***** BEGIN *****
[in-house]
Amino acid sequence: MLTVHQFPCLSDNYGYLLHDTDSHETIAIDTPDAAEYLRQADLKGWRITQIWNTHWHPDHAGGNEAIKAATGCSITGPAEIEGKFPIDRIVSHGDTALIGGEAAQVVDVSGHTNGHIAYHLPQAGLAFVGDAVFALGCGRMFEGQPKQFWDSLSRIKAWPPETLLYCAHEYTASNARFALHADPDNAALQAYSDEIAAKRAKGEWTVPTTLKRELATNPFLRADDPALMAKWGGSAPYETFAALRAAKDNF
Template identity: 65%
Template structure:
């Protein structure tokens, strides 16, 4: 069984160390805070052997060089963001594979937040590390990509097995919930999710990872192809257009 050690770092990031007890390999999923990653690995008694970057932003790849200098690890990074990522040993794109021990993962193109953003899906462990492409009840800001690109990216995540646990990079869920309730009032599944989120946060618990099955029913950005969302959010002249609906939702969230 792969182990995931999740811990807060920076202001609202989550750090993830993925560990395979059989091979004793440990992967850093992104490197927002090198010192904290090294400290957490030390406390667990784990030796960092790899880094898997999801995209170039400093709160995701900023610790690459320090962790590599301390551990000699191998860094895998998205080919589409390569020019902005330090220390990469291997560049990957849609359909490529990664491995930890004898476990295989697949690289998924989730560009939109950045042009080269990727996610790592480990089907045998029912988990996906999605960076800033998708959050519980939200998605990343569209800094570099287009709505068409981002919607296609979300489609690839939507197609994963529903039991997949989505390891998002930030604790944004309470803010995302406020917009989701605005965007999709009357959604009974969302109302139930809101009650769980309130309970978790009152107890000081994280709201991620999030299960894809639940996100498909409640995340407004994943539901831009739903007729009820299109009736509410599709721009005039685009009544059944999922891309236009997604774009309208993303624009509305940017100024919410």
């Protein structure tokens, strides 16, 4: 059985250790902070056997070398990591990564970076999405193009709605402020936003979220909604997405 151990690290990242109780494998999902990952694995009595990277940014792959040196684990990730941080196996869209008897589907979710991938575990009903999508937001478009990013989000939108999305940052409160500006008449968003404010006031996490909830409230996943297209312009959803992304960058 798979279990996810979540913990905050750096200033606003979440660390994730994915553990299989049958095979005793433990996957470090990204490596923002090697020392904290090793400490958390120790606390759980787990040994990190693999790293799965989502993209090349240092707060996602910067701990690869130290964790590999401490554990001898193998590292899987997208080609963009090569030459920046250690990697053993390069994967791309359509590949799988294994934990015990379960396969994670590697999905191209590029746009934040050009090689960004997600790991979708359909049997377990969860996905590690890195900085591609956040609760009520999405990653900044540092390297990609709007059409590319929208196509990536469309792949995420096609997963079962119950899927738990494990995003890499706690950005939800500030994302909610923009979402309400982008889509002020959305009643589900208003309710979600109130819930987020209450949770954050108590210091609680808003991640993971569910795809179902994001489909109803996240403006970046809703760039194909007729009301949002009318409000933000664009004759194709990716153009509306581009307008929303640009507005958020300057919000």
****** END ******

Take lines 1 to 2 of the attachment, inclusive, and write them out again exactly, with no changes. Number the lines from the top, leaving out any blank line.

[in-house]
Amino acid sequence: MLTVHQFPCLSDNYGYLLHDTDSHETIAIDTPDAAEYLRQADLKGWRITQIWNTHWHPDHAGGNEAIKAATGCSITGPAEIEGKFPIDRIVSHGDTALIGGEAAQVVDVSGHTNGHIAYHLPQAGLAFVGDAVFALGCGRMFEGQPKQFWDSLSRIKAWPPETLLYCAHEYTASNARFALHADPDNAALQAYSDEIAAKRAKGEWTVPTTLKRELATNPFLRADDPALMAKWGGSAPYETFAALRAAKDNF